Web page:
A world-class Russian powerlifting champion was stopped from boarding a domestic flight when an airline told her she had to first prove she was a woman, according to a report.
Six-time world champion Anna Turaeva, 42, described her “horror” when the Utair staffers asked her intimate questions about her sexual preferences in front of other passengers in St. Petersburg before the flight to Krasnodar via Moscow, East2West News reported.
“At the checkpoint, they refused to let me pass through saying that it was written in my passport that I am a woman,” Turaeva wrote on Instagram, where the bald, chiselled and tattooed woman is seen in various poses, including topless ones.
“It was humiliating. I was reprimanded like a child in front of people in the queue. They wanted to know which role I play in life and between the sheets.”
“The whole queue was watching this anarchy, and I felt as helpless as possible in this situation. I was trying to prove that I am indeed a woman,” added Turaeva, who came out as gay years ago, according to the report.
Despite the harassment, the powerlifter said she kept her cool and “did not allow myself the slightest rudeness” as she quietly tried to explain to the employees that they were wrong to ask her to prove she was a female.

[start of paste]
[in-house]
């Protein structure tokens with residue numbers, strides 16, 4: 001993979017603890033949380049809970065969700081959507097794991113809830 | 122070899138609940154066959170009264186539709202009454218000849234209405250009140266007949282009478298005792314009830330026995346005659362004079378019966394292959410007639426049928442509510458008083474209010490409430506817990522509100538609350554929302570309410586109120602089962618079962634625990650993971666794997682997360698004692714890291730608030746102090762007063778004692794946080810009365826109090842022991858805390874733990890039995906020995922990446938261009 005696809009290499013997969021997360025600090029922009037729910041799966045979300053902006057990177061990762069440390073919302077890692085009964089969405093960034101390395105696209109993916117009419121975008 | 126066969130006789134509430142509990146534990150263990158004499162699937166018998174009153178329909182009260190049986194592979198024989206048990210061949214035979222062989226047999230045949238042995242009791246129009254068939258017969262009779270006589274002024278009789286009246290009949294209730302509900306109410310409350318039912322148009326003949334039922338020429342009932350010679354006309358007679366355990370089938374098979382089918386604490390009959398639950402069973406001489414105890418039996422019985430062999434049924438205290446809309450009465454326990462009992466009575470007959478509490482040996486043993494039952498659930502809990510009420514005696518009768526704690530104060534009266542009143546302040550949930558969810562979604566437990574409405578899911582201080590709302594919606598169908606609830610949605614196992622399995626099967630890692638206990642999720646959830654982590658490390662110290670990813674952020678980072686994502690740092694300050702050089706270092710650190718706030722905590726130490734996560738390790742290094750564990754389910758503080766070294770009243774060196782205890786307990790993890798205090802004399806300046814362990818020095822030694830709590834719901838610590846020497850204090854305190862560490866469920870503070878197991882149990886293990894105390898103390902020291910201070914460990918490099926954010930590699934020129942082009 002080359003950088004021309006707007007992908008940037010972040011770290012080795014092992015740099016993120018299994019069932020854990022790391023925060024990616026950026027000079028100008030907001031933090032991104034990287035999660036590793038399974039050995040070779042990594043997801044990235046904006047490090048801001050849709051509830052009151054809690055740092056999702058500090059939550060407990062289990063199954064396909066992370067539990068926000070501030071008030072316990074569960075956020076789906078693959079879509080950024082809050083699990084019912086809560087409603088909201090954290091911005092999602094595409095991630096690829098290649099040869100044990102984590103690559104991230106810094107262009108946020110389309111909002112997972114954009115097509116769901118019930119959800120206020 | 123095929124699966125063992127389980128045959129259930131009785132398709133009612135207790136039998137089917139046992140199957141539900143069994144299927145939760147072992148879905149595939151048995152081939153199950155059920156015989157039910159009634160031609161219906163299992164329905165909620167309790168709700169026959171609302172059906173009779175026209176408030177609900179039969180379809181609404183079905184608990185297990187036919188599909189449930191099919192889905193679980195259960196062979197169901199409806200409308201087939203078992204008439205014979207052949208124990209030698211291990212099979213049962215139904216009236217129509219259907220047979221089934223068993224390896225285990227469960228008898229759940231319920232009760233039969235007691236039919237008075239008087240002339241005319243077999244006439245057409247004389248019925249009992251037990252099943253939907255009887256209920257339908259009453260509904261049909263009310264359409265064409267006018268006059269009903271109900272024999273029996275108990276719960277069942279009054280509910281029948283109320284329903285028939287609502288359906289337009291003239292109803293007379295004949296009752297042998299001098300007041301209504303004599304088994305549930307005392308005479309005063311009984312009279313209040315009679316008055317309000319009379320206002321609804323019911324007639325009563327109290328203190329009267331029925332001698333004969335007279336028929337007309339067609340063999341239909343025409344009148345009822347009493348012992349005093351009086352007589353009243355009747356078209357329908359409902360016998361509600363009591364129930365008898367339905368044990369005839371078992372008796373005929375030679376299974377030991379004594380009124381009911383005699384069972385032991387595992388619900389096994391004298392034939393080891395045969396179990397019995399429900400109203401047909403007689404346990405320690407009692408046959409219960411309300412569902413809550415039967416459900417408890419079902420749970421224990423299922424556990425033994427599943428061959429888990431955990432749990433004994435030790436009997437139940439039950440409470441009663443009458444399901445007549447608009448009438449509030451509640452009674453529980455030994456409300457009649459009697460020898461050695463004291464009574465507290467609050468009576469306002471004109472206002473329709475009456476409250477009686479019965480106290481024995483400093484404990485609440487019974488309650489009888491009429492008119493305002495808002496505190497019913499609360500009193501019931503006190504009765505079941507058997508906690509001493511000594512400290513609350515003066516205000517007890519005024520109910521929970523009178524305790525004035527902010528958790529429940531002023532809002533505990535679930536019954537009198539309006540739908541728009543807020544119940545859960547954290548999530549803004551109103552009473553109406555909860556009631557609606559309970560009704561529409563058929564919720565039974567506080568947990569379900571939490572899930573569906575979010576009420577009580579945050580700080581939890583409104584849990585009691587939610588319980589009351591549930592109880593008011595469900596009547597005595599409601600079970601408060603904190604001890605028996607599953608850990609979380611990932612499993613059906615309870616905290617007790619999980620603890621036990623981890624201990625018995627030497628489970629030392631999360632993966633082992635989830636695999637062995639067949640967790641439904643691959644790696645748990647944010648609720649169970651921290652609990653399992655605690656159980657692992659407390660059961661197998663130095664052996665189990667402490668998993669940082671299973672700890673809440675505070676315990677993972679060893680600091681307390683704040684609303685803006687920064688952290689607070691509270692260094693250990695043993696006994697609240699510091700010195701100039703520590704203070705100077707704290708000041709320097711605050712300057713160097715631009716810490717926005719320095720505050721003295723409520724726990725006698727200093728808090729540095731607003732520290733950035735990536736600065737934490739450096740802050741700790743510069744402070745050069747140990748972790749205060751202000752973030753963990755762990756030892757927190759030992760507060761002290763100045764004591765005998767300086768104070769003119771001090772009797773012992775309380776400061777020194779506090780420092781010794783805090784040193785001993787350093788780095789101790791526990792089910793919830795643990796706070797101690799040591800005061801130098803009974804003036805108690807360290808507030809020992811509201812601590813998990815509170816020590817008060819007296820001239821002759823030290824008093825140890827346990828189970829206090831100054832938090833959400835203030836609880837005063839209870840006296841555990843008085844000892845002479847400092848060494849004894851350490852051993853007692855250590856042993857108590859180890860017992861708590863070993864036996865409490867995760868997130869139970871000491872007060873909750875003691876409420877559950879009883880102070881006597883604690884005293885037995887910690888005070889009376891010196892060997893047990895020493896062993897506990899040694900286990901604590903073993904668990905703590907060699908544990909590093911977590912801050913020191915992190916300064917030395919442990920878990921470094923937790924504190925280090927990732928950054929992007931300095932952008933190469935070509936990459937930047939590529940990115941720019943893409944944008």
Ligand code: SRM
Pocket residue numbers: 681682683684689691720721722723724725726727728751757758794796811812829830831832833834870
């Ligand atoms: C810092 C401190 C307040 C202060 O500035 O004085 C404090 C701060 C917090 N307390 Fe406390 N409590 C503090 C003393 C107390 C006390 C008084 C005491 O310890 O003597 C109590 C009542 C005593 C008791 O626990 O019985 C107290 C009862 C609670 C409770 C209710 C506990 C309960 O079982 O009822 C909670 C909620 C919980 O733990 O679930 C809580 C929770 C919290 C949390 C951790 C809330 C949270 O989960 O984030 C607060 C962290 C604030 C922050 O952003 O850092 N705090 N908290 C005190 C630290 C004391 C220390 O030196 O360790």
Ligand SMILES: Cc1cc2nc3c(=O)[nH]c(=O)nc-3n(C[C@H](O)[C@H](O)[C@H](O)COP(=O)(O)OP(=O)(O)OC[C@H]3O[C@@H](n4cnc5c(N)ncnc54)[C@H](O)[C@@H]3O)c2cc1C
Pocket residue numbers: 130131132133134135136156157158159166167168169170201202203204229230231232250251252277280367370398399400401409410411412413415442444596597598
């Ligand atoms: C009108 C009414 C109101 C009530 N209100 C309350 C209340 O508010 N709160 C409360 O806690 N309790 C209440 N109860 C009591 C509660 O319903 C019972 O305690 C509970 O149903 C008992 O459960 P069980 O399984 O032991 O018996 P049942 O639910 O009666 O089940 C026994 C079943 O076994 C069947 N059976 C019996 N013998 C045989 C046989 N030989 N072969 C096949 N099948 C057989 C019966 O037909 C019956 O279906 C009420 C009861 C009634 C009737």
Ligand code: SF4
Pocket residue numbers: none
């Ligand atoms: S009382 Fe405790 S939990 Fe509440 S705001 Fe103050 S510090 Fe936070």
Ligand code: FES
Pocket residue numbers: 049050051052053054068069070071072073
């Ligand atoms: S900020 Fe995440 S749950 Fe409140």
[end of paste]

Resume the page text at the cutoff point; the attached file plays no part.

“Then a miracle happened — I was allowed to board the plane,” Turaeva said, without explaining how she finally convinced them.
“I have worked all my youth … with my blood and sweat for my country, not to be treated this way.”
Utair has apologised to the woman, saying: “Such service is unacceptable. We will definitely check the actions of the airport employees who worked on your flight, and we will sort out the situation.”
As a child, Turaeva was “sickly” and even exempted from gym class until she was 15.
She said her dad “worked at a machine plant. He made iron — dumbbells, barbells and everything else — for my friends and me”.
“My mum always supported me, even when I didn’t look like all the other girls,” Turaeva added. “It was a miracle for her that I stayed alive at all, as from the age of six to 15 I saw nothing but hospitals.”
And now, as a world-class athlete, she said she enjoys who — and how — she is.
“I see myself this way and I am not going to change and look different,” she said.
— New York Post